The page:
I stumbled across this and I'm pretty sure it came from some harmony book or textbook as they usually do (and if anyone knows which one, please tell). Could anyone give me any insights on how to interpret this chart? Can the I-chord be followed by anything? Also, are those polychords? In that case, this is the first time I've seen a functional 'formula' involving polychords, though my knowledge is quite rudimentary
These types of charts are really common in harmony textbooks, though I don't know exactly which book this one came from.
Yes, from I you can move anywhere, and I is always the ultimate goal (at least according to this chart).
Then, wherever you move to, you use the chart to determine what comes next. If you go from I to iii, you can then move from iii to either V(7)/IV, IV, or vi. Let's say you move to vi; now, following the chart, you can move to either V(7)/IV, IV, ii, V(7)/V, or to N6.
With that said, there are a few problems with this chart. I'll list just a few:
- It only includes V(7) of V and IV, missing all other applied chords. To an early learner, this might suggest that these are the only applied chords, which is not true.
- It only includes the French augmented sixth and not the Italian or German (or other types, depending on your training).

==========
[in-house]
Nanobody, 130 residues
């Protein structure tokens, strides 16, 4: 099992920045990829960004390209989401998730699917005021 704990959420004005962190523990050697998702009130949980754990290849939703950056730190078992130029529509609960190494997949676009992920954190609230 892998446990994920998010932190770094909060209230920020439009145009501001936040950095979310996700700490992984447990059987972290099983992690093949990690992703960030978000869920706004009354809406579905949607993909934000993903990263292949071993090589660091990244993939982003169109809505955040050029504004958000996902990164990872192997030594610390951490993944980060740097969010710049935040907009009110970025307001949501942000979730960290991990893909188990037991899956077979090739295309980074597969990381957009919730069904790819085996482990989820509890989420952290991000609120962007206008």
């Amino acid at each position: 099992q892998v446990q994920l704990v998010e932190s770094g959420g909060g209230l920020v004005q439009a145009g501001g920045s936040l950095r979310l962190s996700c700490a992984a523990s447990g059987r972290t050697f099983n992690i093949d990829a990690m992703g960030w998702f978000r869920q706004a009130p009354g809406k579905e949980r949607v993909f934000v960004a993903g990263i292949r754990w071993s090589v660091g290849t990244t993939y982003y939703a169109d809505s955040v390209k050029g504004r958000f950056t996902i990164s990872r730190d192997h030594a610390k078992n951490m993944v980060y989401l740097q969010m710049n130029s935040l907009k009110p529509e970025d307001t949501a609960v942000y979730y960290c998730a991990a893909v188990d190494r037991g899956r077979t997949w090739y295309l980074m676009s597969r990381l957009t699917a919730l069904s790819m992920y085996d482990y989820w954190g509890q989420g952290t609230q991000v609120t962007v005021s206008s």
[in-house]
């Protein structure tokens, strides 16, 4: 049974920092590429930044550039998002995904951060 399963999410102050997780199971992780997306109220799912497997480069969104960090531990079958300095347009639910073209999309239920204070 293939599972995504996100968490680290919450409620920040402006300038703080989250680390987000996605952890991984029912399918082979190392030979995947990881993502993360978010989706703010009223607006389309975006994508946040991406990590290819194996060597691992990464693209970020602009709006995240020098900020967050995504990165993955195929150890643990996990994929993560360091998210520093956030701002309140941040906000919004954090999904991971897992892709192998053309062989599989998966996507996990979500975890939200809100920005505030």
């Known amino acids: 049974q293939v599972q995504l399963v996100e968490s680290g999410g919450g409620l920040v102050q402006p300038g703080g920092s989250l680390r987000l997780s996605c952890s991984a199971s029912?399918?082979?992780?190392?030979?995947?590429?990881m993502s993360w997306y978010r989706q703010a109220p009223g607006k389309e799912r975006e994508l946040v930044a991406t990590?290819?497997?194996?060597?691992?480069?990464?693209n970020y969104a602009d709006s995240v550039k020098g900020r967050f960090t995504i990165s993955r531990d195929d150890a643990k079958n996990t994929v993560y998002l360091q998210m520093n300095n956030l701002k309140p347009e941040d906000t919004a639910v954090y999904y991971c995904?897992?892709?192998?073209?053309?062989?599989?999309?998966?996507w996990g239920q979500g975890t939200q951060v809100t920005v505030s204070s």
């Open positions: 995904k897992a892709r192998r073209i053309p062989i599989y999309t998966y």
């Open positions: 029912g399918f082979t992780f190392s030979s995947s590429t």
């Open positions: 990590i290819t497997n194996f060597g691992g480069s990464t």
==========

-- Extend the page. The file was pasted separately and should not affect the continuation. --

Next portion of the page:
- It doesn't include IV moving to ii, a very common progression within the predominant zone.
- It's missing a few possible resolutions. For instance, vii°7 moves to I all the time, but it's not on here!
Chords like "V7/V" are not polychords, but are rather called "secondary dominants" or "applied chords." See also What is a secondary dominant chord?
You may also be interested in Old Books with chord progression charts or matrices?, but the two questions are quite different.
This is a very advanced version of this chart. I've seen many similar chats that are simpler and will link one after answering your questions.
Could anyone give me any insights on how to interpret this chart?
The chart is showing you a tonal progression and where the chords typical end up. For example V and V7 want to go to I, ii wants to got to V or V7, V7/V or V/V wants to got to V or V7, ect.
Can the I-chord be followed by anything?
Simply put, yes. That's what the arrow is telling you. The reason why it's not point anywhere else is because on I is where tonal progressions feel at rest.
Also, are those polychords?
No. The slashes represent secondary dominants in Roman Numeral analysis.
There are some advanced concepts on this chart like secondary dominant and augmented 6th chords which if you are new to theory might confuse you more than help you. musictheory.net has a very similar chart shown below: